Although Cullity said she has a sense of safety and relative naiveté when it comes to the treatment of females in today’s society, she is not entirely unprepared to deal with threats that may come her way. While going door-to-door during the summer as a volunteer for Missouri Senator Claire McCaskill’s re-election bid, Cullity and her mother decided it was “the best decision to carry some form of self-defense,” in her case a miniature bottle of pepper spray.

“I had an instance when I was going into my office for the Claire McCaskill campaign, and a man literally ran up to me and went to go shake me and ask me if I could Venmo him some money for a drink,” Cullity said. “And this was like a college, Mizzou student. He had money. He was wealthy. This was just a normal student, and that was definitely really scary, and I did not appreciate that. It sort of taught me what could happen to me in the future.”

At least half of all violent crimes, including sexual assault, involve “alcohol consumption by the perpetrator, the victim, or both,” according to the National Institute on Alcohol Abuse and Alcoholism. Especially on a college campus, Colvin said, alcohol tends to be “very prevalent in rape and sexual assault cases.” She estimates at least 90 percent of the time, alcohol, what she called the “number one date-rape drug,” is involved in some capacity in rape and sexual assault cases. When people are consuming alcohol, Colvin said drinking responsibly and making sure someone is sober enough to make good decisions can help keep others safe.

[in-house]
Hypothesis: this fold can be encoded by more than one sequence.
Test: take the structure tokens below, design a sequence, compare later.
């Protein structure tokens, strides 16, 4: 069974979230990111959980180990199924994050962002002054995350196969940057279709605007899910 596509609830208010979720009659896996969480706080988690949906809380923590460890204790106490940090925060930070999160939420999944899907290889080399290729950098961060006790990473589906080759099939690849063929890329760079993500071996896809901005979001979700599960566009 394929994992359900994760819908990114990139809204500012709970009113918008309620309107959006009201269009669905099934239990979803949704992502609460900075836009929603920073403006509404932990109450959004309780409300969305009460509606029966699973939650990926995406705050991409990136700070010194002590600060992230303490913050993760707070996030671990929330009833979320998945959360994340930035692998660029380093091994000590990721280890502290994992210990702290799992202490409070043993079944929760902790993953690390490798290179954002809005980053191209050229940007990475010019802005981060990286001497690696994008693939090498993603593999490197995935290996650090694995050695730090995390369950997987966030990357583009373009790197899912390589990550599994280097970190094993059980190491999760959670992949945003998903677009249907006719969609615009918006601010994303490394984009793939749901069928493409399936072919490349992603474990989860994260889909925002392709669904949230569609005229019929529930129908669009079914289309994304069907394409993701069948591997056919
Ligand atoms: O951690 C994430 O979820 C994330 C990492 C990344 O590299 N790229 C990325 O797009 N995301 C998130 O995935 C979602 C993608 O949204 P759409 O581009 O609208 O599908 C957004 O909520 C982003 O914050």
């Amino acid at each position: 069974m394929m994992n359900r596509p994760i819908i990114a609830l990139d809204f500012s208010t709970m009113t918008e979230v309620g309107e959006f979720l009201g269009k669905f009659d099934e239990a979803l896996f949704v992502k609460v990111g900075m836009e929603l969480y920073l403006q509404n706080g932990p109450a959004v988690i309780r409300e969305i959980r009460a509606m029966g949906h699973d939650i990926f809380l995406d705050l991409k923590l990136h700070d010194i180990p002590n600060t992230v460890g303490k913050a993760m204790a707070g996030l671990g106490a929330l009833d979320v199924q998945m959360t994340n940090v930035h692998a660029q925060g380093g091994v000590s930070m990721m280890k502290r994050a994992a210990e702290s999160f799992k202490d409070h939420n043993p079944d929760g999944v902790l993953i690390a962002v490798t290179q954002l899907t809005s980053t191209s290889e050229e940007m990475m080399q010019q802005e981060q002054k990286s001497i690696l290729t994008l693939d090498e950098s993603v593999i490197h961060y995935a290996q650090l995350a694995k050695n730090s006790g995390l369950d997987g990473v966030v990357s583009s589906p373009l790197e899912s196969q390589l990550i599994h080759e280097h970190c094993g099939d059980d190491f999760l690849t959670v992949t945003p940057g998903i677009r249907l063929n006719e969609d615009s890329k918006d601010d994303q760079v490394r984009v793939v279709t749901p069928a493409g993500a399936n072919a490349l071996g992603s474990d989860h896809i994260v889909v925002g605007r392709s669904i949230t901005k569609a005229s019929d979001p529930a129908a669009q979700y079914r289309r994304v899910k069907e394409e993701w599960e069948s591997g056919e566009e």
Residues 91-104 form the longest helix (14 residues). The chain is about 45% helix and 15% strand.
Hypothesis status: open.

“At parties, even if you’re not drinking, keep an eye on your drinks. Don’t set your drinks down where somebody can slip something into it ’cause that can happen,” Colvin said. “Also, you can go to bars, and there have been cases where bartenders have slipped stuff into drinks. So you could go, you could be the designated driver and grab a soda, and if you’re not really paying attention to what’s happening, that bartender could slip something in.”

Jacquin said she has friends with “horror stories” because they were not being aware or trusted the wrong people. While she hopes teenagers wait to drink until they are of age, she said never accepting an open drink and having an eye on the drink at all times are important because someone can slip something into the drink “at any place at any time.” In college, Jacquin said she and her friends had the “Sober Sister rule.” Whenever they went anywhere, she said there was always a girl who they trusted who would remain completely sober the entire time and who would keep tabs on everybody.